For decades Fleetwood was one of the UK’s main fishing ports, headed only by the dominant Humberside duo of Grimsby and Hull.
A diverse fleet of FD-registered vessels returned to Wyre Dock with continual supplies of whitefish. This enabled the large number of Fleetwood buyers and processors to provide a constant source of protein to millions of consumers who lived in the large industrial towns and cities of north-west England, which ensured a strong and ever-present demand for fresh fish.
The close proximity of Morecambe Bay to the Fylde coast yielded good catches of shrimps for sailing smacks in the late 1800s, before these distinctive half-deck cutters, or ‘Lancashire Nobbies’, began to be replaced by the first steam drifters from 1890 onwards. The onset of the steam era, for which coal was readily accessible from the nearby Lancashire mines, played a highly significant role in the growth of Fleetwood as a port, when, seeing the potential to expand their already thriving businesses, a number of well-known Humberside trawler owners starting operating from the west coast port as well.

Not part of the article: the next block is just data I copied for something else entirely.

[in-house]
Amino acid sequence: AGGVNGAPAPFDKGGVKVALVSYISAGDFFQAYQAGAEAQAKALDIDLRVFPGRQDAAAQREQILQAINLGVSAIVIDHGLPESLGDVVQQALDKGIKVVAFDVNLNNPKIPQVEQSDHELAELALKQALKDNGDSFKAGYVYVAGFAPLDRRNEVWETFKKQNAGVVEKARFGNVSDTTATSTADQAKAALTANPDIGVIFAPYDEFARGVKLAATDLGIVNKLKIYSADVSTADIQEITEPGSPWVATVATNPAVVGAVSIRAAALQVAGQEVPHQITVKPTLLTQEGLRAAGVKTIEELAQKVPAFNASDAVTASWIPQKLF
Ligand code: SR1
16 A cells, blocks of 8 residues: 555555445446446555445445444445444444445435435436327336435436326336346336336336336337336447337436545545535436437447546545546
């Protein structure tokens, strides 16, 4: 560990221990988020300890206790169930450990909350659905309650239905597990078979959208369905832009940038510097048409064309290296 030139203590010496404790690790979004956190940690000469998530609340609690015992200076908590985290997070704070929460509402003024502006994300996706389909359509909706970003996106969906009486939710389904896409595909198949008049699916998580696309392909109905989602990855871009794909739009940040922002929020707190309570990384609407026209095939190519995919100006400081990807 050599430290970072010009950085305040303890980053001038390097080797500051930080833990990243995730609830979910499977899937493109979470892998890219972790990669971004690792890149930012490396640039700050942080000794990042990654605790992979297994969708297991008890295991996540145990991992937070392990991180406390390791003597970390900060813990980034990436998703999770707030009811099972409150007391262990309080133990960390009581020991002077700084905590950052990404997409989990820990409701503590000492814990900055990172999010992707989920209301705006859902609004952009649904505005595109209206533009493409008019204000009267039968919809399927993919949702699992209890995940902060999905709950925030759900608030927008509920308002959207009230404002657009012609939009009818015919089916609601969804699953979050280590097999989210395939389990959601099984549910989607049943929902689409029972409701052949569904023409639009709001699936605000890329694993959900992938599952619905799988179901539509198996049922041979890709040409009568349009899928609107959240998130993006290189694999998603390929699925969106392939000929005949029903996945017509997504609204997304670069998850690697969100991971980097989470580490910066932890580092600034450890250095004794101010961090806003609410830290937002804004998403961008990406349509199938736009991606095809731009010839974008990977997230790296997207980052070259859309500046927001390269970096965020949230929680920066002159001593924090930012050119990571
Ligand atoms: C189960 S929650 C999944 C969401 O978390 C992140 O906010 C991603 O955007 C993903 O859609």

An abundance of hake on grounds off the west coast of Scotland and Ireland sustained fleet development, which in later years embraced diesel-engined trawlers. Following the demise of steam trawlers, the new class of 139ft sidewinder proved particularly well-suited to Fleetwood.
Fleetwood trawlers traditionally fished a wide variety of grounds. In additional to the Irish Sea, these included Tory and Eagle Islands off the coast of Co Donegal, the Clyde, Gigha, Tiree and Dhub Artach, the north Minch, St Kilda, Flannens, Fair Isle and Shetland, along with the distant-water grounds of Iceland and the North Cape.
As well as the larger class of sidewinders, which in later years included stern trawlers, Fleetwood was also home to a large fleet of smaller vessels, including anchor seiners and trawlers, that generally fished closer to harbour.
From the late 1960s onwards, and the first of the cod wars at Iceland, Fleetwood’s distant-water fleet, like its counterparts at other leading trawler ports in the UK, experienced a rapid decline, before the inshore fleet subsequently followed a similar downward spiral.
This small selection of photographs show the port of Fleetwood when it was a major player in the UK fishing industry.
Head to our nostalgia section for more from commercial fishing’s history…